Card Games in Asia – Trying to Play by the Rules

31 October 2007

The weekend of Oct. 13, 2007 saw the opening round in the World Poker Tour’s (WPT) Traktor Poker (‘Tuo La Ji’) tournament in China. Held in Lanzhou, the capital city of the northwestern province of Gansu, it marked the first of 15 rounds to be hosted in cities across China over the next four months. A tournament final in Beijing is scheduled for early April 2008.

As well as these offline tournaments, an online tournament is being run concurrently. Online players will also be able to qualify for the Beijing final. After a flurry of press releases about deals in Asia from various I-gaming operators and software providers earlier in 2007, this tournament represents one of the first tangible results of those announcements.

With European-based operators turning more of their attention toward Asian markets, there has been a noticeable increase in interest in the region’s card and tile games. Of the exhibitors at the recent EIG Expo (EIG) in Barcelona, for example, there were several companies keen to demonstrate their new online versions of the likes of mahjong and Chinese poker.

But one of the difficulties faced by games developers is the huge variation in rules by which many of these games are played. These variations in the games’ rules are found not only between different countries but also between different regions within the same country. As a result, organising nationwide tournaments (online or offline) can be as problematic as organising international ones.

In relation to mahjong, Kingstone Kim of the World Mahjong Federation (WMF) gave a very detailed review of the regional differences in rules across Asia in his EIG presentation. For example: in China there are 81 different Mahjong hands, in Hong Kong just 31; in Taiwan players use 144 tiles, in Korea just 104. Through the WMF, Kim’s unenviable task lies not in developing a version of online mahjong that blends all these differences (which is relatively straightforward) but rather in persuading the federations and players across Asia to adopt the WMF version of the game.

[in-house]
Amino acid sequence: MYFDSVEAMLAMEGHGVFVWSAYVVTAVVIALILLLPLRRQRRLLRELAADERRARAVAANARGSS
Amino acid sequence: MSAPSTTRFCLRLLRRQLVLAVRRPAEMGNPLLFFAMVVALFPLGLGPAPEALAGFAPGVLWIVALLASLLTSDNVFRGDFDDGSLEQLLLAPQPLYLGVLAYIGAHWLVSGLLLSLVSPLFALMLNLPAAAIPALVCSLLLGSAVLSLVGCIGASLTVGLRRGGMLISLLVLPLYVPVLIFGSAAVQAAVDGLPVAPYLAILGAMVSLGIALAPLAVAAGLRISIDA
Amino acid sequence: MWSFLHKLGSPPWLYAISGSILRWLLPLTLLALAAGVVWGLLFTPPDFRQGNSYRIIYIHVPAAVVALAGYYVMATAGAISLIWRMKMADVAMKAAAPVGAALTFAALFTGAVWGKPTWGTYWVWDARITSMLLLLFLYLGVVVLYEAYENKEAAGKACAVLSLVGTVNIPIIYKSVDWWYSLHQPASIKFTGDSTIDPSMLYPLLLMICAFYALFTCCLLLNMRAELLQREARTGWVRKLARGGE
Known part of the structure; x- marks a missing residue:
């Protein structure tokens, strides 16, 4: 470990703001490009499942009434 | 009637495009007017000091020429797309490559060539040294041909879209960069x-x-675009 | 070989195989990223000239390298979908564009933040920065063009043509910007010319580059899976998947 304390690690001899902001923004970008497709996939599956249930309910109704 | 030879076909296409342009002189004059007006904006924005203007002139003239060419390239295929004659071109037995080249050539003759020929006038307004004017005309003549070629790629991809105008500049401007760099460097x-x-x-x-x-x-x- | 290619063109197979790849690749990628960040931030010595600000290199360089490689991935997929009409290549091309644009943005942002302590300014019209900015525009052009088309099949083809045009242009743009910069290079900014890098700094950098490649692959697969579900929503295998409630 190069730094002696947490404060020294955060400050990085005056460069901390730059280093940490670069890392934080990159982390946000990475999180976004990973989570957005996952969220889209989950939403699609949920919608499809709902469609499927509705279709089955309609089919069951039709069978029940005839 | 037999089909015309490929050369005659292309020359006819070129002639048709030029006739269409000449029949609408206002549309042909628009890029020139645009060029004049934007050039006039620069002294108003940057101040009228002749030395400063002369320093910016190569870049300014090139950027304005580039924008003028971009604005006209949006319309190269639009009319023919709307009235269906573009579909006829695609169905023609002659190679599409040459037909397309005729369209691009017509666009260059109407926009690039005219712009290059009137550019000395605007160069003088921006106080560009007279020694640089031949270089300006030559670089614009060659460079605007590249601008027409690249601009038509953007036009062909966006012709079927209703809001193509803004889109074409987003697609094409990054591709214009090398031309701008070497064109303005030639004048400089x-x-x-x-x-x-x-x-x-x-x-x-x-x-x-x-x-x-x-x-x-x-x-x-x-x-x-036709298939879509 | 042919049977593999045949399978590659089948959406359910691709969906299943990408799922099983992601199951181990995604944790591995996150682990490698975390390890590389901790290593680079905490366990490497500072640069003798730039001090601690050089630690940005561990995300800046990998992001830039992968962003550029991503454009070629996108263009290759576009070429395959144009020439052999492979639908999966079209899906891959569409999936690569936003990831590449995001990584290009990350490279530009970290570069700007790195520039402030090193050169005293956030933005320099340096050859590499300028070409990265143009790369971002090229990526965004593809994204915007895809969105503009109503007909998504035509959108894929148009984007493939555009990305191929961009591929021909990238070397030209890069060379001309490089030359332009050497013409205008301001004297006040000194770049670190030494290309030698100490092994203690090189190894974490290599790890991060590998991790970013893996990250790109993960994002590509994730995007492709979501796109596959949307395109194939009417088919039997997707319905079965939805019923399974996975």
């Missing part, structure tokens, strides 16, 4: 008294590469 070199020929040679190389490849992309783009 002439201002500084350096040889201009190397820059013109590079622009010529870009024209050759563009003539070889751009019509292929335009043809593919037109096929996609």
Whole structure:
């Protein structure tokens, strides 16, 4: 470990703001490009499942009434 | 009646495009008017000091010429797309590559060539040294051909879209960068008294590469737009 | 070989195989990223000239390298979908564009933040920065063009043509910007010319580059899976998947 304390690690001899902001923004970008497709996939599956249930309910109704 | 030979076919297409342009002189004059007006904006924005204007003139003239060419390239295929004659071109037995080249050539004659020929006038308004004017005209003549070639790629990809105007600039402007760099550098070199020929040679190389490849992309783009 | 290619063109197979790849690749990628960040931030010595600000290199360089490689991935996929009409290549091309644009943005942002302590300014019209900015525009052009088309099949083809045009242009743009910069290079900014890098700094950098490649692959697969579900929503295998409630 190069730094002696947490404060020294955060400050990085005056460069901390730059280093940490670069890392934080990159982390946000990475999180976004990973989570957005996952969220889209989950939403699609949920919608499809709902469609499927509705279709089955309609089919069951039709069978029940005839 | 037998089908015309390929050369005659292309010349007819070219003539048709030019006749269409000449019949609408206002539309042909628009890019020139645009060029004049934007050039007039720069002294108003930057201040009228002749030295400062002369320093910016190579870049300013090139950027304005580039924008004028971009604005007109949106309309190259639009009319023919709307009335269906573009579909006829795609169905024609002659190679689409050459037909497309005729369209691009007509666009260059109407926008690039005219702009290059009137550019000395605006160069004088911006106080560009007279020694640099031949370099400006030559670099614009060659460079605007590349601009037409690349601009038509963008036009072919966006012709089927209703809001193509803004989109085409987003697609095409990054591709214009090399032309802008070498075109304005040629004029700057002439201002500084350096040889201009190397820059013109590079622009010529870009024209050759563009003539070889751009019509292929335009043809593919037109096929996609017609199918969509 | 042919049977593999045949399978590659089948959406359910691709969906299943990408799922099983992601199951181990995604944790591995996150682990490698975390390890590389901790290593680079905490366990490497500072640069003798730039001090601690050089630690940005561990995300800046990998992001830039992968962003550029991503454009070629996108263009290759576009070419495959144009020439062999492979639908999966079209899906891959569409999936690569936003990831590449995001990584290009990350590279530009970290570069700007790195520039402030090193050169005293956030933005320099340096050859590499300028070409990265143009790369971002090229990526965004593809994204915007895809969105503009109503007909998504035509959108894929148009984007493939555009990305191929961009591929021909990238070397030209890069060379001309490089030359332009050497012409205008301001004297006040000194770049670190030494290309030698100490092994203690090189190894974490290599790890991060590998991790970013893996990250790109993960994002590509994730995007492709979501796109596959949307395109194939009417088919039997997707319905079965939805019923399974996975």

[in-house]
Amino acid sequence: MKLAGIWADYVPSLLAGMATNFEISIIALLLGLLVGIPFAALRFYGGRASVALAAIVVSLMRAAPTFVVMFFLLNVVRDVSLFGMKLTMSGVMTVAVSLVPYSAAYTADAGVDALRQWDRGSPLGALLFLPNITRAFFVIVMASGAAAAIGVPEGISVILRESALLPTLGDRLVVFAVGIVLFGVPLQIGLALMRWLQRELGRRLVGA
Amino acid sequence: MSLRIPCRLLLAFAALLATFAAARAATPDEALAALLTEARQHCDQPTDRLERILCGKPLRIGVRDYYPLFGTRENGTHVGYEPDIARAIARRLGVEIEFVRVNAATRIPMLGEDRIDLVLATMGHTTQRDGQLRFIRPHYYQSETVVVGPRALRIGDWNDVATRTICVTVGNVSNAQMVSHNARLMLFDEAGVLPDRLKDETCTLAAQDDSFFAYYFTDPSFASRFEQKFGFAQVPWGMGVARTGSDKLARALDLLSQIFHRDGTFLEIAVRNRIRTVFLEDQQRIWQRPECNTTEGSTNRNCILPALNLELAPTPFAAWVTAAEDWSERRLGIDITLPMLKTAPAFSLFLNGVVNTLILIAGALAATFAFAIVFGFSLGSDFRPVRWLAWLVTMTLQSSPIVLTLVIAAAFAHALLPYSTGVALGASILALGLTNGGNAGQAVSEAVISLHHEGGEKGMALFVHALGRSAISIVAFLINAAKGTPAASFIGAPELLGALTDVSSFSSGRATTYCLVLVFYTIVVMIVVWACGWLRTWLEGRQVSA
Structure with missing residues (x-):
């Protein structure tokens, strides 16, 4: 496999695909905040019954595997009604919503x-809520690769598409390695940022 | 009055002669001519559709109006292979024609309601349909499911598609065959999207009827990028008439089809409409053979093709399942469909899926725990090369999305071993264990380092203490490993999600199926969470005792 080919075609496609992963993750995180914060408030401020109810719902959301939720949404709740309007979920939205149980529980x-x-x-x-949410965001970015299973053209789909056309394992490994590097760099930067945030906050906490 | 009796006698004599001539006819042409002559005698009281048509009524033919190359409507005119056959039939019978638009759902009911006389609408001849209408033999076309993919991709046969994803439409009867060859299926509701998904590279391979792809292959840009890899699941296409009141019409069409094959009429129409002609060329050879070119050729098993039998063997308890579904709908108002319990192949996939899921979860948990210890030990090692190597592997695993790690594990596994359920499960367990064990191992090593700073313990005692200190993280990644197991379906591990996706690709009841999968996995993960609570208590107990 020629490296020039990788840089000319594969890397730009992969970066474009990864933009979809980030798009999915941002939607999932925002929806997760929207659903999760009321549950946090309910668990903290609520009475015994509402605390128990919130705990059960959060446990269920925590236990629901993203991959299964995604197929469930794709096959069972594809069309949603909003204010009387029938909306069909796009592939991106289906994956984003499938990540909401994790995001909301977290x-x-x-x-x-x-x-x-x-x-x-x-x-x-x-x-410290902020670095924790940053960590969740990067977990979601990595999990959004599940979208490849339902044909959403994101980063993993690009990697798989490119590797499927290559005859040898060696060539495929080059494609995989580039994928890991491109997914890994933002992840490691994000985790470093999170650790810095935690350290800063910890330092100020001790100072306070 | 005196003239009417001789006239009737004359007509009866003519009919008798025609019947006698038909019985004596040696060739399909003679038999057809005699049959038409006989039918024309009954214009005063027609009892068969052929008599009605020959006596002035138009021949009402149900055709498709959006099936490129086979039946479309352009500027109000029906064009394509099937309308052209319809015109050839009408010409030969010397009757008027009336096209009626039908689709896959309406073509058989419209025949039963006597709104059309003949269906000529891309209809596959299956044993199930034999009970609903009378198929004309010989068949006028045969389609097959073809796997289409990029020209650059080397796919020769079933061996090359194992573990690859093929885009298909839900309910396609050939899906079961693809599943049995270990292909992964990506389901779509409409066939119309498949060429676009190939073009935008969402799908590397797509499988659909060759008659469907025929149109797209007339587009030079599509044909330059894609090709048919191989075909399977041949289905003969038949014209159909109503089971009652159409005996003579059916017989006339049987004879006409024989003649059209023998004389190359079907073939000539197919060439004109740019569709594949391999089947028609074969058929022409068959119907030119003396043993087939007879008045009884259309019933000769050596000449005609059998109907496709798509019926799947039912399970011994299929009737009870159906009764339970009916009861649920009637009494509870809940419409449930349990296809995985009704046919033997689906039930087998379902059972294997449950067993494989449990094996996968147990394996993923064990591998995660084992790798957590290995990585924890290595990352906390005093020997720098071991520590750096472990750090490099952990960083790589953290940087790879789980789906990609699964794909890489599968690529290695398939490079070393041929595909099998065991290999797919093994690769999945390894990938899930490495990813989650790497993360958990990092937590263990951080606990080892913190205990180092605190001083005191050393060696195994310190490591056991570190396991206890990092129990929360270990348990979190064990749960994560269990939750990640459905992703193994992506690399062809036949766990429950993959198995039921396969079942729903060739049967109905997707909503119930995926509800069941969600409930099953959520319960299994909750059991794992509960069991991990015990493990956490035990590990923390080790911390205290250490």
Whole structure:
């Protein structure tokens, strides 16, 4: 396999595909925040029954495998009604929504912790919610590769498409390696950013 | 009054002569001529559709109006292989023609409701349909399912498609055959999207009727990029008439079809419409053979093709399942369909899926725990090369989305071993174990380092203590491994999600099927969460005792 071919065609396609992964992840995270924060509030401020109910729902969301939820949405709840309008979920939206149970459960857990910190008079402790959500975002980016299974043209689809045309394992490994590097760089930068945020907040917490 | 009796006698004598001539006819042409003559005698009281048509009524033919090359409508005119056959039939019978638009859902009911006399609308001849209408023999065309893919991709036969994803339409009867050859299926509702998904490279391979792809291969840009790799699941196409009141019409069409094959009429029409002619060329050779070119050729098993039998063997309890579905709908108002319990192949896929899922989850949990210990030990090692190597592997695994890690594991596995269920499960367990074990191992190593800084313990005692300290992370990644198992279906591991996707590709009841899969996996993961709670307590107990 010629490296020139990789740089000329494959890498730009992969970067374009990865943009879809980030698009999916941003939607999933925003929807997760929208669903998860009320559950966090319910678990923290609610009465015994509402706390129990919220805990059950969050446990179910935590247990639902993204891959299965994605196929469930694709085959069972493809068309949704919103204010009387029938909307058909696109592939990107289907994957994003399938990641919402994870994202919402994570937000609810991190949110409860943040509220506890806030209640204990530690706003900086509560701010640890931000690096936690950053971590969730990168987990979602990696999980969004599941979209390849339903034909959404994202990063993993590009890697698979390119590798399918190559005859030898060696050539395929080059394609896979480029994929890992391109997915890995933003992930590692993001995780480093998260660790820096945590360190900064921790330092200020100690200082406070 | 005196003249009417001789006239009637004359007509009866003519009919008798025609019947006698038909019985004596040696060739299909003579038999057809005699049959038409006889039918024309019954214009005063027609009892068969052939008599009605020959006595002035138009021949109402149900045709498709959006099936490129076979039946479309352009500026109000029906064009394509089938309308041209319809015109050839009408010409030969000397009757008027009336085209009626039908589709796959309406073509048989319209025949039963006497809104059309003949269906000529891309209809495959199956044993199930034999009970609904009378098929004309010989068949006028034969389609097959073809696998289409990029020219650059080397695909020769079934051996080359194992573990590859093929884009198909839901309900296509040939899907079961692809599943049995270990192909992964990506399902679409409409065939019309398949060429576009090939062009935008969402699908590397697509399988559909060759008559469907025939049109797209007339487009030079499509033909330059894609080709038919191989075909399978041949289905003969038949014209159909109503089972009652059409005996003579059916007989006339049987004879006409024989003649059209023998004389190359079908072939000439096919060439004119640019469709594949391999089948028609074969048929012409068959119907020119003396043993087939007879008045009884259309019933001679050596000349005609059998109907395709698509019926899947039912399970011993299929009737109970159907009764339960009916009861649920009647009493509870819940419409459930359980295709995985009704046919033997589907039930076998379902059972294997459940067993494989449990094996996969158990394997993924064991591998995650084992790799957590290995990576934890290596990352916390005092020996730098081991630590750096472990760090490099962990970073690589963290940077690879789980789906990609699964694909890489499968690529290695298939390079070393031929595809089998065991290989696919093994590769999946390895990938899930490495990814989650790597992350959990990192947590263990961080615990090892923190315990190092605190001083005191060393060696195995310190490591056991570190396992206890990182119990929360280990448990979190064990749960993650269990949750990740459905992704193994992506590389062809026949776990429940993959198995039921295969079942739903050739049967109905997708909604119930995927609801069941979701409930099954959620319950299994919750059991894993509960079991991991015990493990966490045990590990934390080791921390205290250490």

By launching with the game of Traktor in mainland China, WPT has managed to avoid many of the issues surrounding regional variations in rules because, about five years ago, the China Leisure Sports Administrative Centre issued a standardised set of Traktor rules for use in all competitions.

Similarly, in Europe and America, the success of online poker has mainly been built around the promotion of a single version of the game across all markets (i.e. Texas Hold’em). If I-gaming operators are to have comparable success with card and tile-based games in Asia, then the adoption of a single, standardized version of a specific game across the region is obviously desirable.

Before developing a game, however, it is important to be aware that many games in Asia are very much part of the cultural and social fabric of a country (or region), in a way that is simply not the case for poker in European countries. By opting for one set of rules over another, I-gaming firms risk alienating players in certain markets because along with the rules comes the game’s heritage and tradition that you simply cannot afford to ignore.

Lorien is a research analyst with Global Betting and Gaming Consultants, and currently resides on the Isle of Man. Prior to this, he spent three years at a leading United Kingdom gambling firm, providing regulatory and market research for its various international e-gaming ventures.